The appropriate allocation for individual investors depends upon a few key factors. The primary factor is age. If you have lots of time to ride out the ups and downs of the market, you can afford a large allocation to common stocks. If you are retired, it’s wise to invest conservatively. Another factor is your financial situation. A widow in ill health, who is unable to work and who counts on her investments to cover her living expenses, will not want to risk losing substantial amounts of capital during a stock market downturn. She has neither the time horizon nor the earnings from employment to ride out a major market setback. The third big factor is your temperament. Some people simply can’t stand to experience wide swings in their net worth and will want to overweight bonds and cash reserves in their portfolios. Other people care more about long-term growth. To each his own – with caution. Know thyself and match your investing to who you are and where you are in life.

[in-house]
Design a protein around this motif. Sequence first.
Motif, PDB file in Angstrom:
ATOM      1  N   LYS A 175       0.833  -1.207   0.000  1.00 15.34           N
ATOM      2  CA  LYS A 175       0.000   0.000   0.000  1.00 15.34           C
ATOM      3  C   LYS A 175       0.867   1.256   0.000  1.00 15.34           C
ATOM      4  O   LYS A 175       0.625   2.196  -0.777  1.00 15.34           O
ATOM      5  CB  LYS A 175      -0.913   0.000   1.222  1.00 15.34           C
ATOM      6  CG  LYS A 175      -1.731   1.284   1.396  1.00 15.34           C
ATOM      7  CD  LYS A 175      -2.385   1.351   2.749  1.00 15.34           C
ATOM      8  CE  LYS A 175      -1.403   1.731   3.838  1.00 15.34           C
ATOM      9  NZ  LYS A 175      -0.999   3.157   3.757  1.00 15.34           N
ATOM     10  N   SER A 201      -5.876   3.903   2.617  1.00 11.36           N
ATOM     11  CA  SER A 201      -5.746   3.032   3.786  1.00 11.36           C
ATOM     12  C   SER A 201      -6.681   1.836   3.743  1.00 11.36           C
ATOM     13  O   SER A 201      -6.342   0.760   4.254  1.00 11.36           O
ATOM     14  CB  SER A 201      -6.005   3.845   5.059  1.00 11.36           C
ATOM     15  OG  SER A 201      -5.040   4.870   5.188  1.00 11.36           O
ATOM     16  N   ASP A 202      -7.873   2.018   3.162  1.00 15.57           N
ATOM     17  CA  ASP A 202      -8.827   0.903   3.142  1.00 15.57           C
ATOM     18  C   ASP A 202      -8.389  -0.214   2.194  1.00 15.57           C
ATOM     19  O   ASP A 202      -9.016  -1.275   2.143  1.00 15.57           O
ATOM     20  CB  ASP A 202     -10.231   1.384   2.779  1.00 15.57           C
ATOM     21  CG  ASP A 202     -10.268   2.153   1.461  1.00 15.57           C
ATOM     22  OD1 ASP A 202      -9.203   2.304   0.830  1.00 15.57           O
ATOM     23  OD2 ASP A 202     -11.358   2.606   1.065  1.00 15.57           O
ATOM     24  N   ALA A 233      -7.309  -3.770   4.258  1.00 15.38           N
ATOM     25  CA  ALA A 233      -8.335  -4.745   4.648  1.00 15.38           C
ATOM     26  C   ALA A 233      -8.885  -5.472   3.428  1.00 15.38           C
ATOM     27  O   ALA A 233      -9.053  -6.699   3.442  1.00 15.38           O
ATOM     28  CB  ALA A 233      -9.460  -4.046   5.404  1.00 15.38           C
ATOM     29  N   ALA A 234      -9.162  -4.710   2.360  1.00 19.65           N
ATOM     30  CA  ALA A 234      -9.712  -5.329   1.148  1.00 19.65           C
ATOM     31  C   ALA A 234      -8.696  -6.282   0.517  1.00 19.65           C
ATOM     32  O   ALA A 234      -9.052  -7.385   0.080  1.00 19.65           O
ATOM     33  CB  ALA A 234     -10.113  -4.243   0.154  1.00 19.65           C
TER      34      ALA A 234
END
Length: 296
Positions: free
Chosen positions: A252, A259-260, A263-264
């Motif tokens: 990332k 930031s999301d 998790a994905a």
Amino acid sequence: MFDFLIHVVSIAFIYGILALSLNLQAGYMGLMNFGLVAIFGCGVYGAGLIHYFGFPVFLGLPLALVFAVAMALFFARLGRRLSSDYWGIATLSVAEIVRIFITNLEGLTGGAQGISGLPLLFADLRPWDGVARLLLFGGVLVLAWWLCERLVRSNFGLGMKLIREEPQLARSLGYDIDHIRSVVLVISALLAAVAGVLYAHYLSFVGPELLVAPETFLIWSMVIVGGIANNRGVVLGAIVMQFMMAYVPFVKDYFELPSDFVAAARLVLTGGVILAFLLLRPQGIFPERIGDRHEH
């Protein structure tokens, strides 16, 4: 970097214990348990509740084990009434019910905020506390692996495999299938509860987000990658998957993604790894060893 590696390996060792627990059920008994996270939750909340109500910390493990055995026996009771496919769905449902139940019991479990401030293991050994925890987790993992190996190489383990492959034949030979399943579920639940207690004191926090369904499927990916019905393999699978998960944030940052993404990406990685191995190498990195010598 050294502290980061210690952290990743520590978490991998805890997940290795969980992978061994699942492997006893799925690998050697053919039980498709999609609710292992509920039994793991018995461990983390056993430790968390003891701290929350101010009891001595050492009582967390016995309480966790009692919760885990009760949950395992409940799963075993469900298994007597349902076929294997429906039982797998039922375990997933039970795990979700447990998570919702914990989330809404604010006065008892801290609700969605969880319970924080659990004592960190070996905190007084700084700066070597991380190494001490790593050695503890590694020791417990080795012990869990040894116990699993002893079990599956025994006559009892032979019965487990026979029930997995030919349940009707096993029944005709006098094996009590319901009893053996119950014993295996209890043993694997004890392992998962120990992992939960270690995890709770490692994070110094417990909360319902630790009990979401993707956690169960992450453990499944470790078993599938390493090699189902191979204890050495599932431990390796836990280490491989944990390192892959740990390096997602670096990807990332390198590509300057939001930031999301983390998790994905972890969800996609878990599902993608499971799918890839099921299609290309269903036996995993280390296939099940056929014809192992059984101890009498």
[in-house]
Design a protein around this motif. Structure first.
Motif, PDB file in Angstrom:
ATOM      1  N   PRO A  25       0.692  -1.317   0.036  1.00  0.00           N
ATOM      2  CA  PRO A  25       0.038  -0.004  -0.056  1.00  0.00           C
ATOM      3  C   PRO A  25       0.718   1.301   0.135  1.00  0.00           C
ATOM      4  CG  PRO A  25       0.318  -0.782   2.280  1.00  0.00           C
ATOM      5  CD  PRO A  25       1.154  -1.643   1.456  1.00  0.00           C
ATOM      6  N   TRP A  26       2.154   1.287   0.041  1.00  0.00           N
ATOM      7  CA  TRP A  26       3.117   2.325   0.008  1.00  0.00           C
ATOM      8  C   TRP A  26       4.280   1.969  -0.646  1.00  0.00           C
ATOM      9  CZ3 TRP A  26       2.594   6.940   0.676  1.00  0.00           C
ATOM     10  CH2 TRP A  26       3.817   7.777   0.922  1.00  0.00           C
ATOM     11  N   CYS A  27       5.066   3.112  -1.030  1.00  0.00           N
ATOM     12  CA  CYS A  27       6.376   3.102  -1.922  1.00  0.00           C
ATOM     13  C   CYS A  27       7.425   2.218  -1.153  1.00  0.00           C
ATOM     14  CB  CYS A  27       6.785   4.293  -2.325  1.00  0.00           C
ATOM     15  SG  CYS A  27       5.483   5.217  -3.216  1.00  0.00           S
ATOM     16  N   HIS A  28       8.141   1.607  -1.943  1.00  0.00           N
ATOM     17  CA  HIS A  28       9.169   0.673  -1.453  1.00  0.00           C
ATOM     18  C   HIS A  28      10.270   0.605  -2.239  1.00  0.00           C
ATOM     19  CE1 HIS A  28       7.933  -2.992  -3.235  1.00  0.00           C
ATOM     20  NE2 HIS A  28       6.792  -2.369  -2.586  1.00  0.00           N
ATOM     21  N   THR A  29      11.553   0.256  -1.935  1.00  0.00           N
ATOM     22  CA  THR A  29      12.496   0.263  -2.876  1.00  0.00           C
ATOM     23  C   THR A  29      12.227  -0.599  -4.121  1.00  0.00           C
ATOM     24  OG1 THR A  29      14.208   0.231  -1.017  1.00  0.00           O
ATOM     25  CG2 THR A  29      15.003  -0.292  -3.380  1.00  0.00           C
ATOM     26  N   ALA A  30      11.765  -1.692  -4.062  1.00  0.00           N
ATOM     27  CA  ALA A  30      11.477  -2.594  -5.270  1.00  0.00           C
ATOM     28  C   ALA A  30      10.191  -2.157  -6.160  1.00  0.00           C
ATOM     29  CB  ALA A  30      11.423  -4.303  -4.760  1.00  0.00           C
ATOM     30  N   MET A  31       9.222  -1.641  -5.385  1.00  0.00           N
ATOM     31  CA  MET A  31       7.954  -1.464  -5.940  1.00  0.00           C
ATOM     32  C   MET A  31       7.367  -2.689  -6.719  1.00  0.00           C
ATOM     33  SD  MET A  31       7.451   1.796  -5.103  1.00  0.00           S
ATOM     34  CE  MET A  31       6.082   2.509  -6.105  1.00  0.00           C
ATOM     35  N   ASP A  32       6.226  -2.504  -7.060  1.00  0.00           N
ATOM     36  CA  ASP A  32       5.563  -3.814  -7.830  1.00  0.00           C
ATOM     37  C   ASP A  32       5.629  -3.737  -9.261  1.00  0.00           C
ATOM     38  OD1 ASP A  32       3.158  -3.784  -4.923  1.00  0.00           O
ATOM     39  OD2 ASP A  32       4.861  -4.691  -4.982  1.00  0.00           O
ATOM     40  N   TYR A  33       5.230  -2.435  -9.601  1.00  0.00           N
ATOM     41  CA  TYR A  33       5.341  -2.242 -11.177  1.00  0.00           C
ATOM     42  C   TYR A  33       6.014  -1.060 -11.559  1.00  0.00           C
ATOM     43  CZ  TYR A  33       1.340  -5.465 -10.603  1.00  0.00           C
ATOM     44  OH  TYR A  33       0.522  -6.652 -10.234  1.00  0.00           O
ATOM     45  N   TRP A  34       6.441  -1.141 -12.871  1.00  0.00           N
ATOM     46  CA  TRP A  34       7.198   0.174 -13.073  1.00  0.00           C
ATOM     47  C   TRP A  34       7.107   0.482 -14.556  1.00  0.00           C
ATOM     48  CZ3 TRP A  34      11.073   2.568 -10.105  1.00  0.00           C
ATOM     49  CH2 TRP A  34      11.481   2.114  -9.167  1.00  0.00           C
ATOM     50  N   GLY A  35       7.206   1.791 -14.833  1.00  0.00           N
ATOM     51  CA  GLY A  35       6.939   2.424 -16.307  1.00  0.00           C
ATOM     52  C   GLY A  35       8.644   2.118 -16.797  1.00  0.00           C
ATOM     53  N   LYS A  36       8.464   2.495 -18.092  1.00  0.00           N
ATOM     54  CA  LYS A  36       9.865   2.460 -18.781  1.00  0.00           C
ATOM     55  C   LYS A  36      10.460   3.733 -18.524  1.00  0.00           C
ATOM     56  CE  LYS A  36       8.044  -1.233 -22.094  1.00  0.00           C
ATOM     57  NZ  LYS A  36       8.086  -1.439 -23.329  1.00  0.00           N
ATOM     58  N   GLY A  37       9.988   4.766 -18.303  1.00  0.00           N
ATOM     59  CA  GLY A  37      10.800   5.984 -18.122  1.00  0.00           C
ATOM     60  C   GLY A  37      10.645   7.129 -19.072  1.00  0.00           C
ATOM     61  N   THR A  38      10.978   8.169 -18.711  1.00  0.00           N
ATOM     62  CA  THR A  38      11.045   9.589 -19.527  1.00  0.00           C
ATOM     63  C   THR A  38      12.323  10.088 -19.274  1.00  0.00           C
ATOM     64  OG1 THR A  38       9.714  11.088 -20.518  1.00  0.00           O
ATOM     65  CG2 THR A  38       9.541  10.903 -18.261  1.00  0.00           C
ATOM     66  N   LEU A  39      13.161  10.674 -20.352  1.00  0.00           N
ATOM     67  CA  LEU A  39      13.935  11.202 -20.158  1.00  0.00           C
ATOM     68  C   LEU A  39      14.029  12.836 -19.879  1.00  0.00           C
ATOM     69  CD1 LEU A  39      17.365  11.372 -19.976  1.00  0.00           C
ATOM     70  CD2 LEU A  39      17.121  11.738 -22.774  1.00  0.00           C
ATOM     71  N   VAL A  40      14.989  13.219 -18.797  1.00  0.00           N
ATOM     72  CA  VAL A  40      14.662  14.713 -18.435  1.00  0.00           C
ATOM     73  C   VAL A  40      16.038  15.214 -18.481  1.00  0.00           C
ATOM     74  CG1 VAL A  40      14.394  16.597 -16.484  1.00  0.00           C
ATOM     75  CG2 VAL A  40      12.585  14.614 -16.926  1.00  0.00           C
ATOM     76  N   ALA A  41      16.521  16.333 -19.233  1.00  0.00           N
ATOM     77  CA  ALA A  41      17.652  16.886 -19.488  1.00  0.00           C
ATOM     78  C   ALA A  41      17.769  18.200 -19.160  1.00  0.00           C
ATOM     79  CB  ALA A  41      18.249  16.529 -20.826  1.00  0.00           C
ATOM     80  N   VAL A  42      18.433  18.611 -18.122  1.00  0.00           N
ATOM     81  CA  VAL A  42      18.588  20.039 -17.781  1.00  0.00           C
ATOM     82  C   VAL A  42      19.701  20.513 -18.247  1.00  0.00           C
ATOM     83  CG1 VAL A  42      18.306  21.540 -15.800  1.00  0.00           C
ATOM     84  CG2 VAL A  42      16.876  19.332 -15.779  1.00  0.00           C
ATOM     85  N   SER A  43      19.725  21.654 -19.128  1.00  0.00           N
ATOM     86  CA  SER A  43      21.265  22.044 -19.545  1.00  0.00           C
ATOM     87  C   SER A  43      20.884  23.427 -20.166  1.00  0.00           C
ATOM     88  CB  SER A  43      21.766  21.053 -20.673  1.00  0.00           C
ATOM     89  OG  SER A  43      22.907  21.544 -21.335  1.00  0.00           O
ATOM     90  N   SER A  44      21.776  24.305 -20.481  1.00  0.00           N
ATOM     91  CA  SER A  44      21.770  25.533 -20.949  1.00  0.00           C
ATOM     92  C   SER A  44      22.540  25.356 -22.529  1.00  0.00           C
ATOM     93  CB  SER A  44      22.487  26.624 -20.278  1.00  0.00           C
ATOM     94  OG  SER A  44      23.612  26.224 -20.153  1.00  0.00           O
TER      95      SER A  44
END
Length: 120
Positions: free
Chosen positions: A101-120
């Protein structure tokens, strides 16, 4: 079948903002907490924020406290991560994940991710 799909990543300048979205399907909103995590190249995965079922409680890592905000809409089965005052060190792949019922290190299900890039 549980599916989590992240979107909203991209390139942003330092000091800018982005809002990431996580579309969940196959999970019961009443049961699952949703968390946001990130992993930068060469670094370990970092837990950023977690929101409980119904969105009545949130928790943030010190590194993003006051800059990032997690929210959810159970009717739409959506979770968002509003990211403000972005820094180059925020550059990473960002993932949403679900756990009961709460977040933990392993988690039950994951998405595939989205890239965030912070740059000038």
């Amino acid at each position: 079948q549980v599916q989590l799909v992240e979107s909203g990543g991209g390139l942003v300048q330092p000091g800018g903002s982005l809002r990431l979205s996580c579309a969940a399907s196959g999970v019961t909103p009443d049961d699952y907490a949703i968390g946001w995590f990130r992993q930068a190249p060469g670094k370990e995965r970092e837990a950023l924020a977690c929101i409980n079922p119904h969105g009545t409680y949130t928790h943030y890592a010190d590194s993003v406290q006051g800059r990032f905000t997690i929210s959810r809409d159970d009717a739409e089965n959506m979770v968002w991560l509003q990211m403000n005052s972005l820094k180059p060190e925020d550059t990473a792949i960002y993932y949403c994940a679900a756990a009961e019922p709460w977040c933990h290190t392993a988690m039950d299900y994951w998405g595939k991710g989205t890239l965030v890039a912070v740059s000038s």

Know thyself and match your investing
to who you are and where you are in life.
Thousands of people go skiing on a typical winter’s day, and almost all of them have a wonderful time skiing at their own level on the trails and slopes that are right for them. The secret to success and enjoyment in so many parts of life is to know your capabilities and stay within them. Similarly, the key to success in investing is to know yourself and invest within your investing capabilities and within your emotional capacities.
No asset allocation will fit all 30-year-olds, 50-year-olds, or 80-year-olds. Even an 80-year-old might want an asset allocation more suitable for a 30-year-old if she plans to leave most of her estate to her children or grandchildren. The appropriate allocation for those planning bequests should be geared to the age of the recipient, not the age of the donor, for that part of their total investments.
The key to success in investing is to invest with the asset mix that’s best for you, considering:
- Your financial situation: assets, income, and savings – now and in the future.
- Your age.
- Your emotional strengths – particularly at market highs and markets lows – and your attitude toward market risk.
- Your knowledge of and interest in investing.